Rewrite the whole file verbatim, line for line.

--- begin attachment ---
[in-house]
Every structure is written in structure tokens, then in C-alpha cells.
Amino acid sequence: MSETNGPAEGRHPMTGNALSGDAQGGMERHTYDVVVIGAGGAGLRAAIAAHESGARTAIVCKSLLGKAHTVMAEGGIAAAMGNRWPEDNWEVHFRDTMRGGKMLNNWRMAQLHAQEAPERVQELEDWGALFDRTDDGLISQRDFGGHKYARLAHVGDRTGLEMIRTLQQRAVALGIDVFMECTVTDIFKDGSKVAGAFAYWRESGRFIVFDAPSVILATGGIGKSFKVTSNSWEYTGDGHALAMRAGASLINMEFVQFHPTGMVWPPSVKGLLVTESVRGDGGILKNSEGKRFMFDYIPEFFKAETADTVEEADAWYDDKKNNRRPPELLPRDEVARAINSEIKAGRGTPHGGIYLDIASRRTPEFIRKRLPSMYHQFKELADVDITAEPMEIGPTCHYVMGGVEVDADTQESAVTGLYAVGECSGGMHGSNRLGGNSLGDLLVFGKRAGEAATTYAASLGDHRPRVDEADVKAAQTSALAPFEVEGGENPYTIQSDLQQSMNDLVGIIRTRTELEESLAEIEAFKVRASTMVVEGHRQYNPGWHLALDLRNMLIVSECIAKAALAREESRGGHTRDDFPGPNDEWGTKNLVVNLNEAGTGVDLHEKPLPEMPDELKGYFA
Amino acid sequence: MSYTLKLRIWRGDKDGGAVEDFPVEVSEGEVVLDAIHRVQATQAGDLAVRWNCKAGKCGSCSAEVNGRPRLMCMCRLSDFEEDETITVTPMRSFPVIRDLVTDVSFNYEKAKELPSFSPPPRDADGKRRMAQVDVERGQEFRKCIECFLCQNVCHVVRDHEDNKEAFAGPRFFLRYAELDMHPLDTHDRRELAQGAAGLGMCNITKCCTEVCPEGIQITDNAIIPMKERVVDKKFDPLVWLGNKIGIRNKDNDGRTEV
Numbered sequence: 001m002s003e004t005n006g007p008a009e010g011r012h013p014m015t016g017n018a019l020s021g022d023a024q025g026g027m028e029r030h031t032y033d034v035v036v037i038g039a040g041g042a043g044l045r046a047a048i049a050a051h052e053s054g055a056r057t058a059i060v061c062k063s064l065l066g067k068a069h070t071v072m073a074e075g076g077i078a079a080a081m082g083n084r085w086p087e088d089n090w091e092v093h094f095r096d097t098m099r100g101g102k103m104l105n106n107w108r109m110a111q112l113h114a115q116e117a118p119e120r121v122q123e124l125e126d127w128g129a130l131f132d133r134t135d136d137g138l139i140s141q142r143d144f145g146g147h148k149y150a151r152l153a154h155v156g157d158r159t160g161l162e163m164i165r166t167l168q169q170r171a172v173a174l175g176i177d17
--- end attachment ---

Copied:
[in-house]
Every structure is written in structure tokens, then in C-alpha cells.
Amino acid sequence: MSETNGPAEGRHPMTGNALSGDAQGGMERHTYDVVVIGAGGAGLRAAIAAHESGARTAIVCKSLLGKAHTVMAEGGIAAAMGNRWPEDNWEVHFRDTMRGGKMLNNWRMAQLHAQEAPERVQELEDWGALFDRTDDGLISQRDFGGHKYARLAHVGDRTGLEMIRTLQQRAVALGIDVFMECTVTDIFKDGSKVAGAFAYWRESGRFIVFDAPSVILATGGIGKSFKVTSNSWEYTGDGHALAMRAGASLINMEFVQFHPTGMVWPPSVKGLLVTESVRGDGGILKNSEGKRFMFDYIPEFFKAETADTVEEADAWYDDKKNNRRPPELLPRDEVARAINSEIKAGRGTPHGGIYLDIASRRTPEFIRKRLPSMYHQFKELADVDITAEPMEIGPTCHYVMGGVEVDADTQESAVTGLYAVGECSGGMHGSNRLGGNSLGDLLVFGKRAGEAATTYAASLGDHRPRVDEADVKAAQTSALAPFEVEGGENPYTIQSDLQQSMNDLVGIIRTRTELEESLAEIEAFKVRASTMVVEGHRQYNPGWHLALDLRNMLIVSECIAKAALAREESRGGHTRDDFPGPNDEWGTKNLVVNLNEAGTGVDLHEKPLPEMPDELKGYFA
Amino acid sequence: MSYTLKLRIWRGDKDGGAVEDFPVEVSEGEVVLDAIHRVQATQAGDLAVRWNCKAGKCGSCSAEVNGRPRLMCMCRLSDFEEDETITVTPMRSFPVIRDLVTDVSFNYEKAKELPSFSPPPRDADGKRRMAQVDVERGQEFRKCIECFLCQNVCHVVRDHEDNKEAFAGPRFFLRYAELDMHPLDTHDRRELAQGAAGLGMCNITKCCTEVCPEGIQITDNAIIPMKERVVDKKFDPLVWLGNKIGIRNKDNDGRTEV
Numbered sequence: 001m002s003e004t005n006g007p008a009e010g011r012h013p014m015t016g017n018a019l020s021g022d023a024q025g026g027m028e029r030h031t032y033d034v035v036v037i038g039a040g041g042a043g044l045r046a047a048i049a050a051h052e053s054g055a056r057t058a059i060v061c062k063s064l065l066g067k068a069h070t071v072m073a074e075g076g077i078a079a080a081m082g083n084r085w086p087e088d089n090w091e092v093h094f095r096d097t098m099r100g101g102k103m104l105n106n107w108r109m110a111q112l113h114a115q116e117a118p119e120r121v122q123e124l125e126d127w128g129a130l131f132d133r134t135d136d137g138l139i140s141q142r143d144f145g146g147h148k149y150a151r152l153a154h155v156g157d158r159t160g161l162e163m164i165r166t167l168q169q170r171a172v173a174l175g176i177d17